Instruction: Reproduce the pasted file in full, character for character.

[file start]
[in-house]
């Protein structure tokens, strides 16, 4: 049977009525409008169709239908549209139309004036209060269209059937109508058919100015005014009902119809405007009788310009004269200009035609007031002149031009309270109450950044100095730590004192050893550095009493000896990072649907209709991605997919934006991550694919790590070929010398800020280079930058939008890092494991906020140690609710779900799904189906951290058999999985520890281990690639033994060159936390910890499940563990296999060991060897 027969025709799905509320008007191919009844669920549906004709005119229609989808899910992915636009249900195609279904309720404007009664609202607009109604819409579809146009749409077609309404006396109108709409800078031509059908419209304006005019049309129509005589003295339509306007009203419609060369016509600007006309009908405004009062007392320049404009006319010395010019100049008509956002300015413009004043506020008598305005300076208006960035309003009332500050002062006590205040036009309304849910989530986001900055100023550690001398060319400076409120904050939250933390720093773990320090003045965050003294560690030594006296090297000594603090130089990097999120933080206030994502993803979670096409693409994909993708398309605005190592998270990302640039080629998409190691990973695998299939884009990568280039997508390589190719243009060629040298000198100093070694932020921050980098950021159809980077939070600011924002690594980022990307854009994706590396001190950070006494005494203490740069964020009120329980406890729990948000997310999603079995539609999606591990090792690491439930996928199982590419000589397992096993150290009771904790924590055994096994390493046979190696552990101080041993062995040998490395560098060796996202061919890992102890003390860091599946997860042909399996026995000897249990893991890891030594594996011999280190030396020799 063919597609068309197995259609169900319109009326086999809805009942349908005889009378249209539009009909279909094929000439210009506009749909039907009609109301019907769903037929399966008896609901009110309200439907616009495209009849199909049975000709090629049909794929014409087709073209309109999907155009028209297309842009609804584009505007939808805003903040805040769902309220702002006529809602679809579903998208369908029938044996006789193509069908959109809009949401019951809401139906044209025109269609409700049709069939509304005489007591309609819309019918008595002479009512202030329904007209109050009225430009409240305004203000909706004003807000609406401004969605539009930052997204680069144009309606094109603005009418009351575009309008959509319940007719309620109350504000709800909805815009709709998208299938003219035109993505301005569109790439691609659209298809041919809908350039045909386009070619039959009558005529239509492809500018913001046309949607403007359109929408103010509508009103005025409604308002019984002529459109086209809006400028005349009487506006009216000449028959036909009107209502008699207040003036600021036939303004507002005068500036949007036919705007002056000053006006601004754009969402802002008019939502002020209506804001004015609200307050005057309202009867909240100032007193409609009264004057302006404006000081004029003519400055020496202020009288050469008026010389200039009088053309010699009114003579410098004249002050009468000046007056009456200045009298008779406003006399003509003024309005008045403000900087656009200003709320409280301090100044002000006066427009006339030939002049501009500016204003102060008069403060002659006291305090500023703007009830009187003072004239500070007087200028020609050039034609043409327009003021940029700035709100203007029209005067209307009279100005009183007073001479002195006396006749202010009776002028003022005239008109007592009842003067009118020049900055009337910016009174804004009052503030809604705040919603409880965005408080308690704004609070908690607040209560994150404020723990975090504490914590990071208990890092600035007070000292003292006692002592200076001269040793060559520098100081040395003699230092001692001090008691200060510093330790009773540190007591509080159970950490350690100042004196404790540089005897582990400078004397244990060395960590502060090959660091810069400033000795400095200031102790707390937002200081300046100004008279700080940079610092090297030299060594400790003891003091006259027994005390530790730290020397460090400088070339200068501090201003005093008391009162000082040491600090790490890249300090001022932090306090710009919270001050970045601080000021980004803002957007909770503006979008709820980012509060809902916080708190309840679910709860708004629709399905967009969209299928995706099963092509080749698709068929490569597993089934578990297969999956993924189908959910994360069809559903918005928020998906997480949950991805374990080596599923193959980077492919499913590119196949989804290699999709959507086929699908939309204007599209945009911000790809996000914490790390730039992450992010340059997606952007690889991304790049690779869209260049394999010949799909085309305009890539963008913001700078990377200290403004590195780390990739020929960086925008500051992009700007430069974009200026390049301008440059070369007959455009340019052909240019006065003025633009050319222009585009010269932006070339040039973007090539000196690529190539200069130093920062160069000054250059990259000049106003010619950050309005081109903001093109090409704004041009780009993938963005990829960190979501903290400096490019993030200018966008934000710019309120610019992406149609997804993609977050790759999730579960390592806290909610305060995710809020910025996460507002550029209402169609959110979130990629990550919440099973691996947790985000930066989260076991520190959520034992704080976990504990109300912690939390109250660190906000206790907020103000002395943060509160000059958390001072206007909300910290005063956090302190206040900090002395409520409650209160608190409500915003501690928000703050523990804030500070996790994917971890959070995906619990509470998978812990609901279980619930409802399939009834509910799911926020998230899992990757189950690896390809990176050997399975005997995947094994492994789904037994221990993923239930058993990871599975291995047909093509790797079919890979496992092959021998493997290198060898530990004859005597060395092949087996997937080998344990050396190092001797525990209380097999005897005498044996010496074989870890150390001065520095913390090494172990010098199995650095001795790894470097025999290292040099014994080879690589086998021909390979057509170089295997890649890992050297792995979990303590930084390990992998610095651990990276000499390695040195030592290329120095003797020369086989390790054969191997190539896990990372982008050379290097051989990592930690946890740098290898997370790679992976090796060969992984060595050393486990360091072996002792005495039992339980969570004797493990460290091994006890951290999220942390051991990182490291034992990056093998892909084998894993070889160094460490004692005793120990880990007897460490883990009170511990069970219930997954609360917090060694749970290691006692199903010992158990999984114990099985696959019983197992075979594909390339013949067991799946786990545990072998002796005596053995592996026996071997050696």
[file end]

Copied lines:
[in-house]
């Protein structure tokens, strides 16, 4: 049977009525409008169709239908549209139309004036209060269209059937109508058919100015005014009902119809405007009788310009004269200009035609007031002149031009309270109450950044100095730590004192050893550095009493000896990072649907209709991605997919934006991550694919790590070929010398800020280079930058939008890092494991906020140690609710779900799904189906951290058999999985520890281990690639033994060159936390910890499940563990296999060991060897 027969025709799905509320008007191919009844669920549906004709005119229609989808899910992915636009249900195609279904309720404007009664609202607009109604819409579809146009749409077609309404006396109108709409800078031509059908419209304006005019049309129509005589003295339509306007009203419609060369016509600007006309009908405004009062007392320049404009006319010395010019100049008509956002300015413009004043506020008598305005300076208006960035309003009332500050002062006590205040036009309304849910989530986001900055100023550690001398060319400076409120904050939250933390720093773990320090003045965050003294560690030594006296090297000594603090130089990097999120933080206030994502993803979670096409693409994909993708398309605005190592998270990302640039080629998409190691990973695998299939884009990568280039997508390589190719243009060629040298000198100093070694932020921050980098950021159809980077939070600011924002690594980022990307854009994706590396001190950070006494005494203490740069964020009120329980406890729990948000997310999603079995539609999606591990090792690491439930996928199982590419000589397992096993150290009771904790924590055994096994390493046979190696552990101080041993062995040998490395560098060796996202061919890992102890003390860091599946997860042909399996026995000897249990893991890891030594594996011999280190030396020799 063919597609068309197995259609169900319109009326086999809805009942349908005889009378249209539009009909279909094929000439210009506009749909039907009609109301019907769903037929399966008896609901009110309200439907616009495209009849199909049975000709090629049909794929014409087709073209309109999907155009028209297309842009609804584009505007939808805003903040805040769902309220702002006529809602679809579903998208369908029938044996006789193509069908959109809009949401019951809401139906044209025109269609409700049709069939509304005489007591309609819309019918008595002479009512202030329904007209109050009225430009409240305004203000909706004003807000609406401004969605539009930052997204680069144009309606094109603005009418009351575009309008959509319940007719309620109350504000709800909805815009709709998208299938003219035109993505301005569109790439691609659209298809041919809908350039045909386009070619039959009558005529239509492809500018913001046309949607403007359109929408103010509508009103005025409604308002019984002529459109086209809006400028005349009487506006009216000449028959036909009107209502008699207040003036600021036939303004507002005068500036949007036919705007002056000053006006601004754009969402802002008019939502002020209506804001004015609200307050005057309202009867909240100032007193409609009264004057302006404006000081004029003519400055020496202020009288050469008026010389200039009088053309010699009114003579410098004249002050009468000046007056009456200045009298008779406003006399003509003024309005008045403000900087656009200003709320409280301090100044002000006066427009006339030939002049501009500016204003102060008069403060002659006291305090500023703007009830009187003072004239500070007087200028020609050039034609043409327009003021940029700035709100203007029209005067209307009279100005009183007073001479002195006396006749202010009776002028003022005239008109007592009842003067009118020049900055009337910016009174804004009052503030809604705040919603409880965005408080308690704004609070908690607040209560994150404020723990975090504490914590990071208990890092600035007070000292003292006692002592200076001269040793060559520098100081040395003699230092001692001090008691200060510093330790009773540190007591509080159970950490350690100042004196404790540089005897582990400078004397244990060395960590502060090959660091810069400033000795400095200031102790707390937002200081300046100004008279700080940079610092090297030299060594400790003891003091006259027994005390530790730290020397460090400088070339200068501090201003005093008391009162000082040491600090790490890249300090001022932090306090710009919270001050970045601080000021980004803002957007909770503006979008709820980012509060809902916080708190309840679910709860708004629709399905967009969209299928995706099963092509080749698709068929490569597993089934578990297969999956993924189908959910994360069809559903918005928020998906997480949950991805374990080596599923193959980077492919499913590119196949989804290699999709959507086929699908939309204007599209945009911000790809996000914490790390730039992450992010340059997606952007690889991304790049690779869209260049394999010949799909085309305009890539963008913001700078990377200290403004590195780390990739020929960086925008500051992009700007430069974009200026390049301008440059070369007959455009340019052909240019006065003025633009050319222009585009010269932006070339040039973007090539000196690529190539200069130093920062160069000054250059990259000049106003010619950050309005081109903001093109090409704004041009780009993938963005990829960190979501903290400096490019993030200018966008934000710019309120610019992406149609997804993609977050790759999730579960390592806290909610305060995710809020910025996460507002550029209402169609959110979130990629990550919440099973691996947790985000930066989260076991520190959520034992704080976990504990109300912690939390109250660190906000206790907020103000002395943060509160000059958390001072206007909300910290005063956090302190206040900090002395409520409650209160608190409500915003501690928000703050523990804030500070996790994917971890959070995906619990509470998978812990609901279980619930409802399939009834509910799911926020998230899992990757189950690896390809990176050997399975005997995947094994492994789904037994221990993923239930058993990871599975291995047909093509790797079919890979496992092959021998493997290198060898530990004859005597060395092949087996997937080998344990050396190092001797525990209380097999005897005498044996010496074989870890150390001065520095913390090494172990010098199995650095001795790894470097025999290292040099014994080879690589086998021909390979057509170089295997890649890992050297792995979990303590930084390990992998610095651990990276000499390695040195030592290329120095003797020369086989390790054969191997190539896990990372982008050379290097051989990592930690946890740098290898997370790679992976090796060969992984060595050393486990360091072996002792005495039992339980969570004797493990460290091994006890951290999220942390051991990182490291034992990056093998892909084998894993070889160094460490004692005793120990880990007897460490883990009170511990069970219930997954609360917090060694749970290691006692199903010992158990999984114990099985696959019983197992075979594909390339013949067991799946786990545990072998002796005596053995592996026996071997050696």